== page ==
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HELLO UNIVERSE! CONNECTING THROUGH WOMEN’S CIRCLES

Image Credit – Nicola Wood

Nicola Wood founded a charity for those seeking sanctuary in Swindon and now juggles a role at a charity supporting carers alongside the needs of her young family. In the summer of 2022, she launched Women Replanting – circles for sharing and supporting others, which are held in-person and online. Here she shares her deep connections to nature and how she tries to live a more sustainable life. You can follow her on Instagram: @womenreplanting 

1. Can you describe where your connections to the planet (universe) grew from? Ie your sense of Gaia 

I’ve always been spiritual, as a child I was made to go to church but it never felt right for me, where were the women, why did they say it was the masculine that birthed a world when us women bring the creative life force out into the world? Where was the balance? It was clear that when I was outside, especially around trees I felt connected to something bigger than us all in this life. I got my first meditation book when I was around 13 and a Buddhist book that spoke about leading a life that could lead to having a ‘good death’ which opened up to me the cycles of life, the seasons, presence and awareness. Time spent outside becoming more aware of all that’s living other than humans has been a big part of my connection to Gaia, there is knowing in the trees, in the ocean, in the rocks. Our egos have been blind to listen but our ancestors knew and we all have deep inner knowing we can reach too. Now I know much more deeply how my inner cycles as a woman, my bleeds, all mirror the seasons, the wild parts of ourselves,  that we are all part of the consciousness of the universe, part of the stardust, the fire, rocks and breath of life.

2. How does this sense of the world influence your daily life? 

It’s part of how I live, there is now a sacredness to my daily routine; I start my mornings with honouring in the garden, facing each direction in turn honouring the elements and all they bring to my life followed by yoga movement and meditation. It also helps me to reflect on my choices in what I choose to buy and my impact on the earth. We as humans are walking contradictions and I in no way get this perfectly right, some days are better than others. It’s sad that our society also means to have ethics in your spending choices you need to be also privileged and/or financially well off. This is something I battle with as a family on a budget. However I care for all I come into contact with and this costs me nothing, from the people I meet to the birds in the garden I greet them all with love and care.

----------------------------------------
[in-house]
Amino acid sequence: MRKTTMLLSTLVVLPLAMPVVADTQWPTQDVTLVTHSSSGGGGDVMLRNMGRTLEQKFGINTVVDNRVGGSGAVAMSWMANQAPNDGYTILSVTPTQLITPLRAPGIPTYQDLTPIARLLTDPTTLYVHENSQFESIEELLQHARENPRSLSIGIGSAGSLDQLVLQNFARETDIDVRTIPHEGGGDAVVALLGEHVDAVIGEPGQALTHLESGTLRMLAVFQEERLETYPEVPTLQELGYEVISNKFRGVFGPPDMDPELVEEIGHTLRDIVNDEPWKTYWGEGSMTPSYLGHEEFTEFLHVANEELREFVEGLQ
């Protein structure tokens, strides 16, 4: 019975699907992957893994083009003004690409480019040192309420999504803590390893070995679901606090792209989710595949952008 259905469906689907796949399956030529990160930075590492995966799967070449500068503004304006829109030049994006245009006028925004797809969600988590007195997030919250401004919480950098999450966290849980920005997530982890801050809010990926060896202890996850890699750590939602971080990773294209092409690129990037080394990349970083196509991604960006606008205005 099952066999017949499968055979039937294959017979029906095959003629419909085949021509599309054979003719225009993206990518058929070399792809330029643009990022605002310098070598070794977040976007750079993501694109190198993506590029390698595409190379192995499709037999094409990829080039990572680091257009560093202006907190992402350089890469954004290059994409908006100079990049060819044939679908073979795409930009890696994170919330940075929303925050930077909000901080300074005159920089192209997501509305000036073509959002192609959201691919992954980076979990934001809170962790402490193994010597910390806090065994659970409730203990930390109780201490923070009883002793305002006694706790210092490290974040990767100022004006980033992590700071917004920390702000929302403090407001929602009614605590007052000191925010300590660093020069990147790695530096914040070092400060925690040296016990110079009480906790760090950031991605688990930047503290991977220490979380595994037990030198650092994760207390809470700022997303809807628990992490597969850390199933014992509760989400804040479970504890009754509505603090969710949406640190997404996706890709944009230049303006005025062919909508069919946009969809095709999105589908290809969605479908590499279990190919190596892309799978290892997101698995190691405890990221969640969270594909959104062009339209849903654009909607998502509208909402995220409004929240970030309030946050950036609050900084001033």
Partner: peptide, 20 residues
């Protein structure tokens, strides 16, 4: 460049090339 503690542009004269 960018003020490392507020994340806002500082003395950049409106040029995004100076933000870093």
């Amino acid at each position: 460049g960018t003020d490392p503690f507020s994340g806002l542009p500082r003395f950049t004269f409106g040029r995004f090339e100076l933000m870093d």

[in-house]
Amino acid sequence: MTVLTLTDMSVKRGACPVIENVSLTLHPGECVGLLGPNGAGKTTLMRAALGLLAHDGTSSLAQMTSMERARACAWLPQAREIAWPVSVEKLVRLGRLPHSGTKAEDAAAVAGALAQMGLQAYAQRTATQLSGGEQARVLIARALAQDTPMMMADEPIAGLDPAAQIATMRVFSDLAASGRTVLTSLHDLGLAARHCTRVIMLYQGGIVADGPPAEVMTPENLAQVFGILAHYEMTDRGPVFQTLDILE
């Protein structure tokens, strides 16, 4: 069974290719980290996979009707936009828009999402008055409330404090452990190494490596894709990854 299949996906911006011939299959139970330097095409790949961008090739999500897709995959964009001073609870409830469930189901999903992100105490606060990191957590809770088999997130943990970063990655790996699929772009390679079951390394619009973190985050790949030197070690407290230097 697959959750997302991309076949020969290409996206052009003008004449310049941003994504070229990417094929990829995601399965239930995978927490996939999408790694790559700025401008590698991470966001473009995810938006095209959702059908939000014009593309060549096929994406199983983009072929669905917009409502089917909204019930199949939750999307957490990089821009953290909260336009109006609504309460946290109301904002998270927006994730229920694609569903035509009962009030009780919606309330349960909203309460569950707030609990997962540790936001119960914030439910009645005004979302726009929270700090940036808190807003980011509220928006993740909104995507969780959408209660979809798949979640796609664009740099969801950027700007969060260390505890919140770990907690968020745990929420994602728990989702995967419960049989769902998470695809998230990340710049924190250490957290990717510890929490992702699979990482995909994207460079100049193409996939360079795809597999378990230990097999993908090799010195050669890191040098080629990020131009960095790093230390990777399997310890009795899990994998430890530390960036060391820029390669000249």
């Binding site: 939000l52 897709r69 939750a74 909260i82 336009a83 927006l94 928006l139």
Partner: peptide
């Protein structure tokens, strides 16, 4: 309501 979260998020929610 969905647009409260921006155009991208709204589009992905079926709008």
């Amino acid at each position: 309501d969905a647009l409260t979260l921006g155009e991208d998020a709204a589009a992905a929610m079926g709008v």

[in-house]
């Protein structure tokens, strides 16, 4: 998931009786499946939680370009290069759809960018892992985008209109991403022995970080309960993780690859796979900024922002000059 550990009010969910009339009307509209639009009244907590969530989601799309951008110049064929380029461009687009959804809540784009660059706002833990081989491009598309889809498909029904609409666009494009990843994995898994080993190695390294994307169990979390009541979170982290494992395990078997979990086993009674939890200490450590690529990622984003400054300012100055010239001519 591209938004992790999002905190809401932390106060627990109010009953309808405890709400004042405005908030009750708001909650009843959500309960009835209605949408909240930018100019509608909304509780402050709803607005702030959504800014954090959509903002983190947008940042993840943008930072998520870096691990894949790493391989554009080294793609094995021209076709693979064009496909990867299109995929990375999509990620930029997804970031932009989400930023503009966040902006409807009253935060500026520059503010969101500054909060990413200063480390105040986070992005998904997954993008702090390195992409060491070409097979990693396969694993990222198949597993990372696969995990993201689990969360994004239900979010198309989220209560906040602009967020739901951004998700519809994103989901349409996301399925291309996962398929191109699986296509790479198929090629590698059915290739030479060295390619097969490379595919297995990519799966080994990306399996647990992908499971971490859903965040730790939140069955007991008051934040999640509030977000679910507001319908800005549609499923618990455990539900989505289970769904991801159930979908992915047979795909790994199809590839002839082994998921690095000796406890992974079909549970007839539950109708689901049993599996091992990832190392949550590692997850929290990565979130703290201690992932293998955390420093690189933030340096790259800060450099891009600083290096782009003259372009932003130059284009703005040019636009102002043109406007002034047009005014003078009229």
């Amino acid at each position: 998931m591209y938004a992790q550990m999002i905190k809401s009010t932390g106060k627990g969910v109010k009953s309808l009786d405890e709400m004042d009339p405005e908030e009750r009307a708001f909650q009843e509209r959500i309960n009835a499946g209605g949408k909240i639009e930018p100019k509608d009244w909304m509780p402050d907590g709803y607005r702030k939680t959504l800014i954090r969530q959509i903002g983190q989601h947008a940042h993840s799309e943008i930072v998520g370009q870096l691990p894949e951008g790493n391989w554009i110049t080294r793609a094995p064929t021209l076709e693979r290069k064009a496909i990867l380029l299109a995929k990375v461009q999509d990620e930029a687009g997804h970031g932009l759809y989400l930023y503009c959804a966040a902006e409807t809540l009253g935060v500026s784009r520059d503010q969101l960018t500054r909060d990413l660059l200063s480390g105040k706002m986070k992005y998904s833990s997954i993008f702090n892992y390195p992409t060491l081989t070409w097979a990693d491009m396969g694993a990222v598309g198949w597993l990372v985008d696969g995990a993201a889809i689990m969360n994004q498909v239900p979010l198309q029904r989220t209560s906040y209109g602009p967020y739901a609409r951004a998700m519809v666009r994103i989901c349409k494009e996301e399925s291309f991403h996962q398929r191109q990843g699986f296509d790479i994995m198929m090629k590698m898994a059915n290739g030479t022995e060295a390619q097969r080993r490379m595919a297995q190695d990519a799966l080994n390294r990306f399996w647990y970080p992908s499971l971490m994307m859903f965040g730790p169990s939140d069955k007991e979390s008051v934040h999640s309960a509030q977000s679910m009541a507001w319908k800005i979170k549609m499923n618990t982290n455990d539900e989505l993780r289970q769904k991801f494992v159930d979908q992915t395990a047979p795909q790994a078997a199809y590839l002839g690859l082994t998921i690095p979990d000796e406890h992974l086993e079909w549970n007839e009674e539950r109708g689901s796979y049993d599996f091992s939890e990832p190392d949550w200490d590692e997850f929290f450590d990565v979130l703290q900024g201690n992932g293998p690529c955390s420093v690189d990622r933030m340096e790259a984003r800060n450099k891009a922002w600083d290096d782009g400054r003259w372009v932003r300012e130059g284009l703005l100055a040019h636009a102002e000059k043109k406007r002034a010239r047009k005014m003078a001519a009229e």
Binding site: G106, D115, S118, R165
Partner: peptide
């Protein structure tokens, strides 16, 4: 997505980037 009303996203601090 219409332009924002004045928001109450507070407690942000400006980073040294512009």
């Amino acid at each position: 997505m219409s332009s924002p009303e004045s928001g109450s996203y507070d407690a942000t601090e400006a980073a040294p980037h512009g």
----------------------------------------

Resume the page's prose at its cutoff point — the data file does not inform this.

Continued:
3. What is Women Replanting? 

Women Replanting is the name I offer and hold women circles under,  both online and in-person in Swindon, Wiltshire. The circles we hold are for anyone who identifies as a woman to be held in a space where we slow down, where we can share or stay silent, where we deeply listen to each of our sister’s stories, we do not try to fix or give advice, we can speak our truths without the expectation of comment on our words. We are truly heard, we don’t need to pretend to be anyone or anything, all the masks we wear in our day to day can be left off. This is a space of deep connection and community, it’s a radical, gentle and yet powerful way of gathering. 

Why Women Replanting as a name? As we all become more conscious of ourselves, our actions and our impact on the world, as we become more present in every ordinary moment of our lives, giving ourselves more time to pause & listen we are grounding, rooting back to our true connection to ourselves but also to the whole of the living earth we are part of. With this ‘knowing’ we also acknowledge the spirals and cycles of life; how life is not linear. We truly accept the inevitability of death and we feel more alive for it. As we come together in a circle as women, gathering again like our ancestors, as many indigenous tribes still do, bringing new stories to an ancient way of gathering,  

we re-plant, re-member and re-ignite deep wisdom within us that I believe we all hold. We begin to plant seeds of deep-rooted connection and collaboration. We are Women Re-planting with ourselves, each other and the earth.